I only remembered this technique being used to restore the colour on a single Dad's Army telerecording, but can see from this article it's been used quite a bit since: https://en.wikipedia.org/wiki/Colour_recovery

Impressive software for it to be able to cope with the film registration errors (wobble) and any distortions from the telerecording.
MI
Michael
Wasn't the chromadot technique also used for Episode 3 (or is it 4?) of Planet of the Daleks?
NG
noggin Founding member
2. The B&W film tele-recordings that were discovered that were entirely playable on a normal Telecine, and had 'chroma dots' (i.e. the PAL colour subcarrier that carries the colour information in a composite video signal hadn't been filtered out) on the B&W film recording that 'colour recovery' processes were able to decode to recreate the colour information (this technique also allows the geometric distortion that the telerecording process introduced to be undone)

I only remembered this technique being used to restore the colour on a single Dad's Army telerecording, but can see from this article it's been used quite a bit since: https://en.wikipedia.org/wiki/Colour_recovery

Impressive software for it to be able to cope with the film registration errors (wobble) and any distortions from the telerecording.


Yes - the chroma dots actually help you reverse the warping introduced by the film recording (as you can use them to 'undo' some of the geometric errors introduced by that process)
IJ
IanJRedman
2. The B&W film tele-recordings that were discovered that were entirely playable on a normal Telecine, and had 'chroma dots' (i.e. the PAL colour subcarrier that carries the colour information in a composite video signal hadn't been filtered out) on the B&W film recording that 'colour recovery' processes were able to decode to recreate the colour information (this technique also allows the geometric distortion that the telerecording process introduced to be undone)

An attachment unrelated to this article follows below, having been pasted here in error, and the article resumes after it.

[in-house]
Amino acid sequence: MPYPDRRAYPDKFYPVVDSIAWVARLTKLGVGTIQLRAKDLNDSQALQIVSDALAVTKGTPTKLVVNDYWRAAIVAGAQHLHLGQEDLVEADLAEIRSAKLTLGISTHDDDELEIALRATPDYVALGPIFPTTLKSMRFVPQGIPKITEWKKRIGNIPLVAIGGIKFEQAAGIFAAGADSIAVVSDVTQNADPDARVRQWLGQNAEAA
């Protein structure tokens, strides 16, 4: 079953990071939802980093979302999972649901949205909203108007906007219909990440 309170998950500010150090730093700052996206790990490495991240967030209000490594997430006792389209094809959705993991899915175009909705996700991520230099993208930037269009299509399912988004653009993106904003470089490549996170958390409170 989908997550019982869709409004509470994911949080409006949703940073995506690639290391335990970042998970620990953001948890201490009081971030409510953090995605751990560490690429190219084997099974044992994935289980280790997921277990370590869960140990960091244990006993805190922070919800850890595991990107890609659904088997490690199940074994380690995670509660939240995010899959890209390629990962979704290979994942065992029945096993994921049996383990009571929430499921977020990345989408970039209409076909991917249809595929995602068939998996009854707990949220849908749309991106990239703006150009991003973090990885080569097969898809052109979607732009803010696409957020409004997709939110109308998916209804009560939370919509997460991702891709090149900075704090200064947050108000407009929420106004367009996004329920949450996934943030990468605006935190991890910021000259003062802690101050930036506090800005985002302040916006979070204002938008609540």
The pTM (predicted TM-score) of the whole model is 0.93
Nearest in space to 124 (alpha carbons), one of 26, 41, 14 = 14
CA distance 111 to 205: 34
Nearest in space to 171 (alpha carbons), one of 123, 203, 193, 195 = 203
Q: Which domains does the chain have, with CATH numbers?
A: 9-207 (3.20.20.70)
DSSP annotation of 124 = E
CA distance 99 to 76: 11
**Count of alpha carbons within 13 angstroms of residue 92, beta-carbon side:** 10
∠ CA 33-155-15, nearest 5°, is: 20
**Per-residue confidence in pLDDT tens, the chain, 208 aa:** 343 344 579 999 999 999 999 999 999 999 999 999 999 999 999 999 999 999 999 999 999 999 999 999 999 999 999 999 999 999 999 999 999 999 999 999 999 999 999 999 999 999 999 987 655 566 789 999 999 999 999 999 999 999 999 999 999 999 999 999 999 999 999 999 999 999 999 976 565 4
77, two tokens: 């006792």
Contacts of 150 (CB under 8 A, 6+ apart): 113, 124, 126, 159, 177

I only remembered this technique being used to restore the colour on a single Dad's Army telerecording, but can see from this article it's been used quite a bit since: https://en.wikipedia.org/wiki/Colour_recovery

Impressive software for it to be able to cope with the film registration errors (wobble) and any distortions from the telerecording.


Yes - the chroma dots actually help you reverse the warping introduced by the film recording (as you can use them to 'undo' some of the geometric errors introduced by that process)

Yes, it's a lovely side-effect of the process - the colour recovery software knows the correct pattern of the dots, so it can use them to undistort the film recordings. Distortions were mainly caused by the curved screen of the film recorder IIRC.

Wasn't the chromadot technique also used for Episode 3 (or is it 4?) of Planet of the Daleks?

Yes, Episode 3, and numerous other episodes too. The Mind of Evil (one episode hand-colourised and the other five from chromadots) has just been re-released on a Blu-ray set last week.